A Collaboration with the University of Pittsburgh

Texas urges Supreme Court to allow abortion law to remain in effect

Texas officials on Tuesday filed a brief [text, PDF] with US Supreme Court Justice Antonin Scalia [official profile] in response to a challenge to the state's new restrictive abortion law [HB 2]. Last week, abortion rights groups such as Planned Parenthood [advocacy website] filed an emergency request asking the Supreme Court to reinstate a previous injunction [JURIST reports] blocking HB 2. The disputed restriction requires that doctors performing abortions must have admitting privileges at a hospital within 30 miles of the facility. In its brief, Texas defended the admitting privileges requirement, saying that it would promote women's health by "fostering a woman's ability to seek consultation and treatment for complications directly from her physician." Two weeks ago the US Court of Appeals for the Fifth Circuit [official website] lifted the injunction [JURIST report], and the law was allowed to take effect immediately.

This is the latest development in the ongoing reproductive rights controversy [JURIST backgrounder] in the US. The US Court of Appeals for the Ninth Circuit [official website] ruled [JURIST report] in August against an Arizona law [HB 2800, PDF] that disqualified health providers that perform abortions, such as Planned Parenthood, from receiving public funds. Also in August Planned Parenthood of Indiana and Kentucky (PPINK) [advocacy website] sued [JURIST report] the Indiana State Department of Health [official website] challenging a new regulation [text] that defined facilities prescribing Mifepristone as abortion clinics and required them meet regulatory requirements of surgical facilities, even when they do not provide surgical procedures. A similar bill, which passed [JURIST report] in Alabama in April, has received criticism as a "back-door" attempt [JURIST op-ed] to circumvent a woman's right to abortion.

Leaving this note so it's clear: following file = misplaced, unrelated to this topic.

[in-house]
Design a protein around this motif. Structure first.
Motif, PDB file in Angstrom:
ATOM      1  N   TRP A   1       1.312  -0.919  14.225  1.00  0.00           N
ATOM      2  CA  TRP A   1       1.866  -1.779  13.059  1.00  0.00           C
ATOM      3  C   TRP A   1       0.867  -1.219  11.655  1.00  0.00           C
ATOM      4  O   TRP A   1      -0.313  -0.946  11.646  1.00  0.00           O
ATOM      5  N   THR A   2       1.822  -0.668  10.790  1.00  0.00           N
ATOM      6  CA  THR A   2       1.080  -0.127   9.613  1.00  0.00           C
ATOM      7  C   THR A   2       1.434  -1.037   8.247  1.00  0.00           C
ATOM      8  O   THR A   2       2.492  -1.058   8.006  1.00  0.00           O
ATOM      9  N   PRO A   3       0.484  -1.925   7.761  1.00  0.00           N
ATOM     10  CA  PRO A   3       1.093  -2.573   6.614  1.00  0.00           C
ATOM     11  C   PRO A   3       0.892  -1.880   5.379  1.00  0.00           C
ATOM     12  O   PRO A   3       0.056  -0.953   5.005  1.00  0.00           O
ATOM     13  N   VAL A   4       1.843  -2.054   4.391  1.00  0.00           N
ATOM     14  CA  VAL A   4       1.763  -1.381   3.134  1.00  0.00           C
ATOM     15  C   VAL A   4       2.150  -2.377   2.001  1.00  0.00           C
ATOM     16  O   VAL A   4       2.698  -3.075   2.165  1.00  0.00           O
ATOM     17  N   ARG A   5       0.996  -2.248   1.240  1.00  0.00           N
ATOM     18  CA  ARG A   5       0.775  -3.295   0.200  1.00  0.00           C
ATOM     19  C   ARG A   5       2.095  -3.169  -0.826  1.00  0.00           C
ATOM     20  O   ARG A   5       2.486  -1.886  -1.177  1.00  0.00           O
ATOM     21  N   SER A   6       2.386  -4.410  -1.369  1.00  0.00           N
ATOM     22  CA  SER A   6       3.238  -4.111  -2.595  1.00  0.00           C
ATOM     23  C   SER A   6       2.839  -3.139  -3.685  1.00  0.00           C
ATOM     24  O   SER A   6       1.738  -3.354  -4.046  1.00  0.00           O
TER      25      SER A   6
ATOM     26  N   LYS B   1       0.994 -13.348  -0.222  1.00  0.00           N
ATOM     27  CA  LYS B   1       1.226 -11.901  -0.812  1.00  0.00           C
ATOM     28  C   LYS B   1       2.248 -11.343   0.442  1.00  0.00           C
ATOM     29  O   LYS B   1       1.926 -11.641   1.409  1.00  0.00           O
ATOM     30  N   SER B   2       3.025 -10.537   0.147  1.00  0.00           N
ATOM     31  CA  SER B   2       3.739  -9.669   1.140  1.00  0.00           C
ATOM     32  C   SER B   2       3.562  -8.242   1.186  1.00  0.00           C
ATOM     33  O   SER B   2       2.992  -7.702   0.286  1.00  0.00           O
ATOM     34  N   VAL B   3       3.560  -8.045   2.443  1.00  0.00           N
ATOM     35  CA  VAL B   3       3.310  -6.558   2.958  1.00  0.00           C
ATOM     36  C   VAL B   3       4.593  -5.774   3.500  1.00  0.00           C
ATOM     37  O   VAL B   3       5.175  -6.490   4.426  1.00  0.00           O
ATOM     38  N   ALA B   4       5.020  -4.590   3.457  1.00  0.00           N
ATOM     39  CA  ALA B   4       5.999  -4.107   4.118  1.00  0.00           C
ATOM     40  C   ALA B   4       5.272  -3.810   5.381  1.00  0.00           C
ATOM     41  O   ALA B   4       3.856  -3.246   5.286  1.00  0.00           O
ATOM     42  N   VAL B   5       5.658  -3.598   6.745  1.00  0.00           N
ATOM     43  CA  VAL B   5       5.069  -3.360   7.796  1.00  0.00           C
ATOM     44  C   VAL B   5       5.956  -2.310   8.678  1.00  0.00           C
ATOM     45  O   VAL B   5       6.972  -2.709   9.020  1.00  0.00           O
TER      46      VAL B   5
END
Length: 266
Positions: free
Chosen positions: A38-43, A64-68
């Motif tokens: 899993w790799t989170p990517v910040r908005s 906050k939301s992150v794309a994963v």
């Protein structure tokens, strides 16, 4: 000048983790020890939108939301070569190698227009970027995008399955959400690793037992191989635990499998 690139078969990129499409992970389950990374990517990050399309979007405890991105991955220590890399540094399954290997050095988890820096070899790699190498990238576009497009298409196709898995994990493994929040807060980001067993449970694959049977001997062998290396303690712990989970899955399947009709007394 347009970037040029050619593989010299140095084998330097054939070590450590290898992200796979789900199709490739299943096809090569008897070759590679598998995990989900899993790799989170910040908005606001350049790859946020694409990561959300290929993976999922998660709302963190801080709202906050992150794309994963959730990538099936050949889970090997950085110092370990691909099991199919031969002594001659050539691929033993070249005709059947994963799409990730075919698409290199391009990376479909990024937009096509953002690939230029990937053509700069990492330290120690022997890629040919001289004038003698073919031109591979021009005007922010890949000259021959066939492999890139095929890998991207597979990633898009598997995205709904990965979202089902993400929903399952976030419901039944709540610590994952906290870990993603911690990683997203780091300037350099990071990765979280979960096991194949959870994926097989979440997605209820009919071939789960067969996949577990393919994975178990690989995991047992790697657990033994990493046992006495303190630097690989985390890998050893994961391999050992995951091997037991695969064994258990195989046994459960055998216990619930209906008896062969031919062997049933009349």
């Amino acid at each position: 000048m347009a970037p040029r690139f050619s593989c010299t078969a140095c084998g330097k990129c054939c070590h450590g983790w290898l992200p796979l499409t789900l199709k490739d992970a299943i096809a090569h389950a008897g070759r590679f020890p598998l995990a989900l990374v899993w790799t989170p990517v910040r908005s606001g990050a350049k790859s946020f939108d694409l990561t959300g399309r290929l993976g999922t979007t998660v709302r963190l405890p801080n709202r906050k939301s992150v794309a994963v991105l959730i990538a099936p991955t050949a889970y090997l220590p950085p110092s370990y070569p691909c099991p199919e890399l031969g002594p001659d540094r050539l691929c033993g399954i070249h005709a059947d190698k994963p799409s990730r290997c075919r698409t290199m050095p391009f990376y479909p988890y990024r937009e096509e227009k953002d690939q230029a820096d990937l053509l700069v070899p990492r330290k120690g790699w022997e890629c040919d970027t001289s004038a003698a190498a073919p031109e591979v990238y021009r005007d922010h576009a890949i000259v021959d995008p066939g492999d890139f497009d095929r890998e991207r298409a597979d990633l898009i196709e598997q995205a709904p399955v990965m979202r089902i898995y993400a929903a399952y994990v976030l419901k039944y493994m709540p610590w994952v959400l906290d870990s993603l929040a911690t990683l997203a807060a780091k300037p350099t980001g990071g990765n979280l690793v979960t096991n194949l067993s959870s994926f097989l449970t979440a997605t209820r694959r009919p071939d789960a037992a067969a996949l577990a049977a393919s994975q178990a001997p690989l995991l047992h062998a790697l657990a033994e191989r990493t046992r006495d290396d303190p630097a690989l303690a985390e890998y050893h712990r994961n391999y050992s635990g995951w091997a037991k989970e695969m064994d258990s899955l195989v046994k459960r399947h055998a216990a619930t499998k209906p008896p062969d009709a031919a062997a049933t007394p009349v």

About Paper Chase

Paper Chase is JURIST's real-time legal news service, powered by a team of 30 law student reporters and editors led by law professor Bernard Hibbitts at the University of Pittsburgh School of Law. As an educational service, Paper Chase is dedicated to presenting important legal news and materials rapidly, objectively and intelligibly in an accessible format.

© Copyright JURIST Legal News and Research Services, Inc., 2013.